In all, about one hundred and twenty papers dealing with spectroscopy of the infrared have been published, and this laboratory is generally recognized the world over as the principal center for such work. Major improvements in apparatus have been made from time to time, not only increasing precision and sensitivity, but also very greatly extending Page  694the range of wave lengths which may be studied. With an instrument completed by H. M. Randall in 1936, consisting of a large recording spectrometer completely enclosed in a case which may be evacuated, measurements are possible to wave lengths more than two hundred times those of red light, in fact, practically to the lower limit for radio waves.

A second important type of spectroscopic investigation deals with visible and ultraviolet radiations, both from atoms and from molecules. In these the records are photographic. R. A. Sawyer and O. S. Duffendack, with their associates, have been responsible for most of this work, which is represented by some ninety-five papers. The earliest of these appeared in 1921. Studies of the excitation of various spectral lines from different atoms and their classification are of great interest not only from the standpoint of atomic mechanics but also because they find applications in rather widely separated fields. Astronomy and astrophysics, for instance, depend very much upon spectroscopic information for their determinations of the temperature and other physical conditions in stars and nebulae. Such observations may also be utilized for chemical analysis in the quantitative determination of very small traces of different metals. Duffendack has pioneered in this type of work and also in studies of the critical potentials of atoms and molecules through controlled impacts. Sawyer is responsible for recent developments in precision spectrochemical analysis, particularly of ferrous metals, a contribution of very considerable importance from the industrial point of view. He has been concerned also with measurements in the extremely short-wave ultraviolet region, and with the determination and interpretation of hyperfine structure in spectral lines.

The study of X radiation yields intimate and characteristic information regarding the structure of atoms and their geometrical arrangement in crystals. In 1920, when this field was just beginning to be systematized, G. A. Lind-say adopted it as his special interest, emphasizing particularly the precise measurement and classification of absorption edges. His first report appeared in 1922. Very shortly thereafter J. M. Cork began a program of work in the same field, extending the systematic classification of atomic levels to some of the less well-known elements. Of particular interest in this connection was his work on element No. 61, one of the very last chemical elements to be discovered. Cork also made some of the earliest grating measurements of the wave lengths of X rays, showing an inconsistency in the previous crystal measurements, which demanded a slight increase in the accepted value of the electron charge. This result has since been abundantly confirmed.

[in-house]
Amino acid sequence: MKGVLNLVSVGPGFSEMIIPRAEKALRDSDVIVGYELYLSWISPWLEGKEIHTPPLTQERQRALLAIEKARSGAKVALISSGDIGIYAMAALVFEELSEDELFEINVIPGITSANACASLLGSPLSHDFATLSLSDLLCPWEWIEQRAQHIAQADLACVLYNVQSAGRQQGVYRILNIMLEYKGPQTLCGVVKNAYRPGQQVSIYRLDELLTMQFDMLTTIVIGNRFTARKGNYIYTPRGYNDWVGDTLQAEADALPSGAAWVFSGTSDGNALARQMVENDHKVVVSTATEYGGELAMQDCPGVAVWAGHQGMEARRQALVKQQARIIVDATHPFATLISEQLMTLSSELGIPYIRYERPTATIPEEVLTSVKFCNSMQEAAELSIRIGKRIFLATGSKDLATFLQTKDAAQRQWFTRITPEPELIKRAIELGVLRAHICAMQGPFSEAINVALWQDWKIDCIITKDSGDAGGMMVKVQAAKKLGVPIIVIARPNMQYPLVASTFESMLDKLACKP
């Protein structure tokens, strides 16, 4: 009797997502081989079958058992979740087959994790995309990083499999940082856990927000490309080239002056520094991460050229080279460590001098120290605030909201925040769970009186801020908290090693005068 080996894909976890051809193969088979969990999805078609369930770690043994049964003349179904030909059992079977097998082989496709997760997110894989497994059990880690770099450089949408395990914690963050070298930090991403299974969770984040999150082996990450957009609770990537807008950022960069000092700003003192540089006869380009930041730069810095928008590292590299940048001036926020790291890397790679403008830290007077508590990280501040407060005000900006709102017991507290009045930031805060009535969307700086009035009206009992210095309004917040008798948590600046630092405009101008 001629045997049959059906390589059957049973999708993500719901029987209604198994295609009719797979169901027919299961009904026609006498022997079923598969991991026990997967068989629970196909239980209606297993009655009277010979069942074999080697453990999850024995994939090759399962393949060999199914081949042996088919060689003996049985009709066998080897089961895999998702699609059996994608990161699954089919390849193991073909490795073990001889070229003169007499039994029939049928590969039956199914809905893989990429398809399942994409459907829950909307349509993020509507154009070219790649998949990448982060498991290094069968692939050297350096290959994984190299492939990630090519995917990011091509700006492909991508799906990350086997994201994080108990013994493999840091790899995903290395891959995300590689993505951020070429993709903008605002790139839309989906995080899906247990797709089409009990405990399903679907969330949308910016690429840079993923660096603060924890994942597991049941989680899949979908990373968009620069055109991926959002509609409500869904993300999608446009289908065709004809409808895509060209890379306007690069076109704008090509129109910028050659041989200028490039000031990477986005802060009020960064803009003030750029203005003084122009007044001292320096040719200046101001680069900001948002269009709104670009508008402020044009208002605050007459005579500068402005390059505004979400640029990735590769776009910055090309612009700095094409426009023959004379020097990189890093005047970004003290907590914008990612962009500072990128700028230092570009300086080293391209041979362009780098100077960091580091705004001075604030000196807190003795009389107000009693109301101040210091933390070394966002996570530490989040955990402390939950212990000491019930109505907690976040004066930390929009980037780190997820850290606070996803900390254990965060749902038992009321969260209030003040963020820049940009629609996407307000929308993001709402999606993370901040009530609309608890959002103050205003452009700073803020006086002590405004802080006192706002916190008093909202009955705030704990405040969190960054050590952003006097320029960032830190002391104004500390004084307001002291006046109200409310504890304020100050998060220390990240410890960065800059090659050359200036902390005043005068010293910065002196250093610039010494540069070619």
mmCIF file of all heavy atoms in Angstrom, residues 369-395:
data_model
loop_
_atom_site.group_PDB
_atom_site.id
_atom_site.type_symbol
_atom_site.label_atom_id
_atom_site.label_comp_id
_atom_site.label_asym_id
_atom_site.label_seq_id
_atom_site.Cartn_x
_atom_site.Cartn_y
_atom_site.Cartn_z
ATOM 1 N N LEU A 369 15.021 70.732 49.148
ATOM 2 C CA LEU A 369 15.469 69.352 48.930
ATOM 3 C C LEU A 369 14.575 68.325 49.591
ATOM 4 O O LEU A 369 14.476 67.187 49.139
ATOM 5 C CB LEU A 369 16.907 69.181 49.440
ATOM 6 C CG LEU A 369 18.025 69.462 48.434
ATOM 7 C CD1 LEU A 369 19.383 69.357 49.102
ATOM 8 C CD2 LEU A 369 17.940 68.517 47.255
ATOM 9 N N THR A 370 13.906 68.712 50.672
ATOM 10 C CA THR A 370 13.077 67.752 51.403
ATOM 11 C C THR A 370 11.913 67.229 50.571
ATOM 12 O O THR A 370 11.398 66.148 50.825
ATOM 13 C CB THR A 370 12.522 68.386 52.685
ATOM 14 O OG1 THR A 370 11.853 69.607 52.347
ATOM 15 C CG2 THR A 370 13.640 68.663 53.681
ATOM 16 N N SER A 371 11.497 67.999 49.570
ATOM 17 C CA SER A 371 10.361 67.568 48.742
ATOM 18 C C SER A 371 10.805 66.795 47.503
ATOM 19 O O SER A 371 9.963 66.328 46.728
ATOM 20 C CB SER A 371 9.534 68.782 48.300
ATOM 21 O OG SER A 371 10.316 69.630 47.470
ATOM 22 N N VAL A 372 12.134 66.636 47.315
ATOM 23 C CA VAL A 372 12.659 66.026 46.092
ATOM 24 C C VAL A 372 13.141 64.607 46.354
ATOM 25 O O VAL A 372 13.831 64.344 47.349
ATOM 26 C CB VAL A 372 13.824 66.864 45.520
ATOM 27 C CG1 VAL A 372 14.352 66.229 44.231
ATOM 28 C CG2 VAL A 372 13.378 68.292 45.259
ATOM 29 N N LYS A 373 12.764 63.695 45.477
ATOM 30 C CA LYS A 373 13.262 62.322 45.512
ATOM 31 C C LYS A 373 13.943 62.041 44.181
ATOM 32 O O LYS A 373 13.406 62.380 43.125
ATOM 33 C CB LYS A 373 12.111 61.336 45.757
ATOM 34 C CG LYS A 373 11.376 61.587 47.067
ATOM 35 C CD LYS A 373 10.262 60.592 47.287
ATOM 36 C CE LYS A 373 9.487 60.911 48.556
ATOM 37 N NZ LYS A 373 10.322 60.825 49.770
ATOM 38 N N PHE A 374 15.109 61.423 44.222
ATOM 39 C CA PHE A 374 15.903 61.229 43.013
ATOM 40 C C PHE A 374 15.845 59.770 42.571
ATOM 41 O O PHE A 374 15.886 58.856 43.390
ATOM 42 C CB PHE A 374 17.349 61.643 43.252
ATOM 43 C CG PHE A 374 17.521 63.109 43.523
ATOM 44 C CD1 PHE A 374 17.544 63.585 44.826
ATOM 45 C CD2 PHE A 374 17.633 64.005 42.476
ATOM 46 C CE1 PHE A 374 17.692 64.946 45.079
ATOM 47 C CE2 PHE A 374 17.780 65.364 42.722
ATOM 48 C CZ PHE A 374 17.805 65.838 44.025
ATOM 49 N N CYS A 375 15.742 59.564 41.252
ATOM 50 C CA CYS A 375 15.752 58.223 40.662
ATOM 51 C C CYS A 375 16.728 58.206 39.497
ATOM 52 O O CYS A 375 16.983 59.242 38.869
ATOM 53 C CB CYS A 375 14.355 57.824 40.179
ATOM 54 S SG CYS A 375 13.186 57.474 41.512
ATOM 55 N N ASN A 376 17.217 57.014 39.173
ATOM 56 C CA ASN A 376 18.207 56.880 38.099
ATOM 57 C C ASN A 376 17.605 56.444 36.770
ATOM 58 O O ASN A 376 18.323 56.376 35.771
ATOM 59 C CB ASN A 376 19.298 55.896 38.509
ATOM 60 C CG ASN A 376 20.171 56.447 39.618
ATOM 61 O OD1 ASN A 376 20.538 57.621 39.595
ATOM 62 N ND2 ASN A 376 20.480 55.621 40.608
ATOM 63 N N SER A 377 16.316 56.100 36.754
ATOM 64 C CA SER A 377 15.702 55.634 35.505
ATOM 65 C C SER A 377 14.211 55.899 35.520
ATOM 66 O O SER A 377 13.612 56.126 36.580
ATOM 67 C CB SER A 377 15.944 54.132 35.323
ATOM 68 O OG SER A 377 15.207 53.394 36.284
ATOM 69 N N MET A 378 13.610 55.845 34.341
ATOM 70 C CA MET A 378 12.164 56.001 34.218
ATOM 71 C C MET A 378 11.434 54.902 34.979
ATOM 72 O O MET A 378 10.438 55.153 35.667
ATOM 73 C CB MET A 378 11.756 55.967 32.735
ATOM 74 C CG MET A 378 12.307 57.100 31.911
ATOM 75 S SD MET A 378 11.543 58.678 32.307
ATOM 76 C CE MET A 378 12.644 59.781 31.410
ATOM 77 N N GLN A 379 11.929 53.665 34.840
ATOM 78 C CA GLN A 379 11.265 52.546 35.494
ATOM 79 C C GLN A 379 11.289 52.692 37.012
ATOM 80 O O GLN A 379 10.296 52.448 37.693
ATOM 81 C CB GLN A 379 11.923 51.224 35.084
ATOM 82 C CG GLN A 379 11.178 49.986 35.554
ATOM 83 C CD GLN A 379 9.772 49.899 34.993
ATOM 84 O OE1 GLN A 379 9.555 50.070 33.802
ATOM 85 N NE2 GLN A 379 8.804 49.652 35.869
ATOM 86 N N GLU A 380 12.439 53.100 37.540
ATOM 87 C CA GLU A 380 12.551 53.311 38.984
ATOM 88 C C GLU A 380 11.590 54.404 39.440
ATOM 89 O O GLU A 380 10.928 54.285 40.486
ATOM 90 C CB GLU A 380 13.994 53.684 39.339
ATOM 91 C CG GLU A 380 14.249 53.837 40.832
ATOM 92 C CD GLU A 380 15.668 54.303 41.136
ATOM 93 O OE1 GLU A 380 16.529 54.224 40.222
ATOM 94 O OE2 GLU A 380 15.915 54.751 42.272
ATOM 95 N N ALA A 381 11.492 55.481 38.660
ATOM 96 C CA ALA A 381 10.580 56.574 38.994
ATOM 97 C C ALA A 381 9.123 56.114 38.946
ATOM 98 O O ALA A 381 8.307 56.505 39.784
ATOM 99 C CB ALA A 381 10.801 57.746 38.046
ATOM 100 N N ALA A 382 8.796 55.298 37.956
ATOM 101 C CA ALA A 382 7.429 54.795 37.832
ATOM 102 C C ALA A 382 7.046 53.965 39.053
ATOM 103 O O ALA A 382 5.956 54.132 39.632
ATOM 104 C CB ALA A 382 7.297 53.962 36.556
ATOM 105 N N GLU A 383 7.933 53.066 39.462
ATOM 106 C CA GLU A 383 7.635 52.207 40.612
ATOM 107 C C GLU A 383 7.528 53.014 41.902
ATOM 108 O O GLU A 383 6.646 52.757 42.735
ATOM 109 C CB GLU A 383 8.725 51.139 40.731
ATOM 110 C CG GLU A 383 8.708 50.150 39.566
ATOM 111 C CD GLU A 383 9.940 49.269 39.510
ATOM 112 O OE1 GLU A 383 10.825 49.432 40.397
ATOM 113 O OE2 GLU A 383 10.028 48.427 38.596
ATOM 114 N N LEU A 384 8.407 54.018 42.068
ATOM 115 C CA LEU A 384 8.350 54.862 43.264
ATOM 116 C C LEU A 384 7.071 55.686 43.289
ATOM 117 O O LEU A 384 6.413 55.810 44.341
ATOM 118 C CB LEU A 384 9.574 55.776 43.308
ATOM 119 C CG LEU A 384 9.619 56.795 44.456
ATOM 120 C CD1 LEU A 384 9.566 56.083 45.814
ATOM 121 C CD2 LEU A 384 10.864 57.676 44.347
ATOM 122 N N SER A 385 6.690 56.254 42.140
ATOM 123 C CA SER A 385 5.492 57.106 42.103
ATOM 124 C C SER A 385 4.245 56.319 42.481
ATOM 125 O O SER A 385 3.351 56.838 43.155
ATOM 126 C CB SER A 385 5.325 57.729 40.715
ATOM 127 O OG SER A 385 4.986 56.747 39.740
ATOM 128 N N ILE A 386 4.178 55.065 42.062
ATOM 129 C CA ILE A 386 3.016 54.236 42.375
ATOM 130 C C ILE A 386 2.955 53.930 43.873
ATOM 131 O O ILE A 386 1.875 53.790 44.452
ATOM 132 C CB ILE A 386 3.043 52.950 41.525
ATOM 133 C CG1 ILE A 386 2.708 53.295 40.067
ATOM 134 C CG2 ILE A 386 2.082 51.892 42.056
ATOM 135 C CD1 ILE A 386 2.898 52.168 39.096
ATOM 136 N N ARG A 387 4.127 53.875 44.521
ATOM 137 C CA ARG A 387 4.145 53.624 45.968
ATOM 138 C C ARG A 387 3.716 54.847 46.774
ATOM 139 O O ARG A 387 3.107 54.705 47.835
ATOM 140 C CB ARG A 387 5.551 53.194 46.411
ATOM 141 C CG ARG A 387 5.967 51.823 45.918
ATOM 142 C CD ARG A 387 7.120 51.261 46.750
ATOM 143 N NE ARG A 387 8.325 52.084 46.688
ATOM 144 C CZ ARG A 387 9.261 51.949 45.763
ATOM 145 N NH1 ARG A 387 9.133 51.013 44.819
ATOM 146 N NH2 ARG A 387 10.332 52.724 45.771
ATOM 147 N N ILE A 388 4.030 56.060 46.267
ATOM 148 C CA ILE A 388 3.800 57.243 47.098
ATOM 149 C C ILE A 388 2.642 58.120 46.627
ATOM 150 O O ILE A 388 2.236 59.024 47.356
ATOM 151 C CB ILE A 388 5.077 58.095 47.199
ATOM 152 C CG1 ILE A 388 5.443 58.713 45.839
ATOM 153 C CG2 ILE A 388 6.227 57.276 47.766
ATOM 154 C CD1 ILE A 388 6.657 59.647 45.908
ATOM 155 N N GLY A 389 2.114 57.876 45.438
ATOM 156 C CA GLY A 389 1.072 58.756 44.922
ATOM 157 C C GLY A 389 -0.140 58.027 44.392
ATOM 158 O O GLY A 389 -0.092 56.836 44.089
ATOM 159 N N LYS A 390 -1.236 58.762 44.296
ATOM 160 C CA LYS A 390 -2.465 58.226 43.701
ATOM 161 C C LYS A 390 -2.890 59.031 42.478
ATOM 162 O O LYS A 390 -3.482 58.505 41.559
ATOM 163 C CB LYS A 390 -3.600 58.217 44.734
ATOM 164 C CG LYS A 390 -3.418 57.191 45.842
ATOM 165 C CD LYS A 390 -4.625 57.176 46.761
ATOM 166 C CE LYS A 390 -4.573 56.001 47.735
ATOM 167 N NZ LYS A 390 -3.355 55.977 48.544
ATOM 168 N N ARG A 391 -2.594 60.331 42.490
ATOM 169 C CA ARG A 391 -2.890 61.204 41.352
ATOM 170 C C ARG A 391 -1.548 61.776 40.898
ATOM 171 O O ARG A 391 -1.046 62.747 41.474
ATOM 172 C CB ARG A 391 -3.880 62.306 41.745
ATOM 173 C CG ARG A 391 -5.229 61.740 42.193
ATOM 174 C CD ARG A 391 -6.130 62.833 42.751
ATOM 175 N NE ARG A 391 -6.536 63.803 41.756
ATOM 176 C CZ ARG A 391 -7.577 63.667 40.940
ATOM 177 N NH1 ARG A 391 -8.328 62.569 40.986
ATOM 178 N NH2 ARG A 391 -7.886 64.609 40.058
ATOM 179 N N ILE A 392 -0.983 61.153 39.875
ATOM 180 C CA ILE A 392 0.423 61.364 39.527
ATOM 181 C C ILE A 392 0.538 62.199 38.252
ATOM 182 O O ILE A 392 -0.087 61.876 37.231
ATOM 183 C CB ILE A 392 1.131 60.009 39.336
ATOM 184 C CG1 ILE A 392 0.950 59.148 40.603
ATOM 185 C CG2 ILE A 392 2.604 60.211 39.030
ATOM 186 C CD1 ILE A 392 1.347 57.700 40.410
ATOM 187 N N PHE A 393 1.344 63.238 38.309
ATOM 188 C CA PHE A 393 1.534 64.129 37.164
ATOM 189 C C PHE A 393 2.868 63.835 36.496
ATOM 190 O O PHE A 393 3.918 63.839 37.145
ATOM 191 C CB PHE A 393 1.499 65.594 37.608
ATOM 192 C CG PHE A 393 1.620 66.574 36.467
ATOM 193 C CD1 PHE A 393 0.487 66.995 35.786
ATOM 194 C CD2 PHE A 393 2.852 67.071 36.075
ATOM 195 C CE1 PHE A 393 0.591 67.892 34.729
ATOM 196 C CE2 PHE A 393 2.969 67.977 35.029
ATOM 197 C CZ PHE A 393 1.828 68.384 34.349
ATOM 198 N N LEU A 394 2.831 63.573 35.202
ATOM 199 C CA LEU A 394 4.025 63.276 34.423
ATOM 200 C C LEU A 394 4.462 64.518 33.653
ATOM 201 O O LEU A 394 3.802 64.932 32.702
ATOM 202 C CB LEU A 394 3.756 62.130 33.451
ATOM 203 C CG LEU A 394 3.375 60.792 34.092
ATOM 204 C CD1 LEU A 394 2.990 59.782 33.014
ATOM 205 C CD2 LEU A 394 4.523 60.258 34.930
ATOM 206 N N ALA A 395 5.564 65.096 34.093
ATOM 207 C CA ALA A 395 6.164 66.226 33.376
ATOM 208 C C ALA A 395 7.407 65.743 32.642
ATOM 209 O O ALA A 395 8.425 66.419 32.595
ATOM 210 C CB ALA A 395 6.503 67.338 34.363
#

The optical gratings, by means of which wave lengths are determined, consist of polished metal surfaces ruled with parallel and equidistant lines. The distances between successive lines must be greater than the wave length measured, but preferably not much greater. Even the finest gratings, having perhaps thirty or forty thousand lines per inch, are very coarse in comparison with X rays. For the far infrared, on the other hand, gratings with twenty-five to one hundred lines per inch are required. Effective work throughout the spectrum is possible only when a considerable selection of suitable gratings is available, and the Department of Physics is peculiarly fortunate in this respect, since it possesses an excellent ruling machine (one of perhaps half a dozen such machines in existence). The development work in connection with this mechanism and in the preparation and ruling of surfaces Page  695has been largely under the direction of Barker, since his infrared investigations were among the first which required gratings not obtainable elsewhere.

Entirely different methods must usually be employed for measurements in the range of radio waves. An interesting recent development in Williams' laboratory, however, involves the production of radio waves less than half an inch in length and their measurement by means of gratings built up of narrow metal strips. The problem of producing such waves is one requiring much ingenuity, since tubes having almost microscopic dimensions must be constructed, and never before have grating measurements of this sort been attempted. These radiations are found to yield further information concerning the structure of certain molecules.

The most recent and perhaps the most spectacular experimental development in atomic physics sponsored by this department is an attack upon the problem of nuclear constitution through artificial disintegration of atoms and induced radioactivity. It was begun by Cork in 1934, when he constructed a Van de Graaff generator designed to develop a potential difference of one million volts. This instrument was replaced in 1936 by the million-volt transformer equipment planned and assembled by H. R. Crane and by the cyclotron, for which Randall and Cork were responsible. The latter apparatus has a magnet weighing ninety tons, with pole pieces thirty-six inches in diameter. It is capable of accelerating ions by means of successive impulses up to speeds corresponding to twelve million equivalent volts. This instrument has made possible the production of a great variety of radioactive atoms which do not occur in nature and which are useful as tools in many new types of investigation. It also supplies neutrons in very large numbers. Researches in physics which are dependent upon the cyclotron include studies of nuclear energy levels, the production and measurement of gamma radiations, the upper limits of beta-ray energies, the scattering of neutrons, and the precise determination of atomic masses.